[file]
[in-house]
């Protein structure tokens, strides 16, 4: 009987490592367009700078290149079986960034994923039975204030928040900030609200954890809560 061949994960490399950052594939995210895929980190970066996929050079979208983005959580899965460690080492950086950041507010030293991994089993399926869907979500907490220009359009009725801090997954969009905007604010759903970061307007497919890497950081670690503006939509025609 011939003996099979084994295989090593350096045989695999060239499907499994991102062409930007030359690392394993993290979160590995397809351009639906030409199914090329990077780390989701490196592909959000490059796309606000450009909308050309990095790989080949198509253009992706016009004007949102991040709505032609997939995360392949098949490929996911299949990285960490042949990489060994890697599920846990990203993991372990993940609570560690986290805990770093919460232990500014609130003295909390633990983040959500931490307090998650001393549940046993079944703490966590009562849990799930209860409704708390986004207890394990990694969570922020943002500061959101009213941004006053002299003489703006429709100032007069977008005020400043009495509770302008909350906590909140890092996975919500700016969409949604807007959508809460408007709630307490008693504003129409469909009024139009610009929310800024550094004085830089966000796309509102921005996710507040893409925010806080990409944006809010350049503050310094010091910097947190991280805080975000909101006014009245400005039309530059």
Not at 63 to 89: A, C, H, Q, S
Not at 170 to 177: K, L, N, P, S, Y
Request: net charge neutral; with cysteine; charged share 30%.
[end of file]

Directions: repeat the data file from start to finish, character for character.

[in-house]
């Protein structure tokens, strides 16, 4: 009987490592367009700078290149079986960034994923039975204030928040900030609200954890809560 061949994960490399950052594939995210895929980190970066996929050079979208983005959580899965460690080492950086950041507010030293991994089993399926869907979500907490220009359009009725801090997954969009905007604010759903970061307007497919890497950081670690503006939509025609 011939003996099979084994295989090593350096045989695999060239499907499994991102062409930007030359690392394993993290979160590995397809351009639906030409199914090329990077780390989701490196592909959000490059796309606000450009909308050309990095790989080949198509253009992706016009004007949102991040709505032609997939995360392949098949490929996911299949990285960490042949990489060994890697599920846990990203993991372990993940609570560690986290805990770093919460232990500014609130003295909390633990983040959500931490307090998650001393549940046993079944703490966590009562849990799930209860409704708390986004207890394990990694969570922020943002500061959101009213941004006053002299003489703006429709100032007069977008005020400043009495509770302008909350906590909140890092996975919500700016969409949604807007959508809460408007709630307490008693504003129409469909009024139009610009929310800024550094004085830089966000796309509102921005996710507040893409925010806080990409944006809010350049503050310094010091910097947190991280805080975000909101006014009245400005039309530059």
Not at 63 to 89: A, C, H, Q, S
Not at 170 to 177: K, L, N, P, S, Y
Request: net charge neutral; with cysteine; charged share 30%.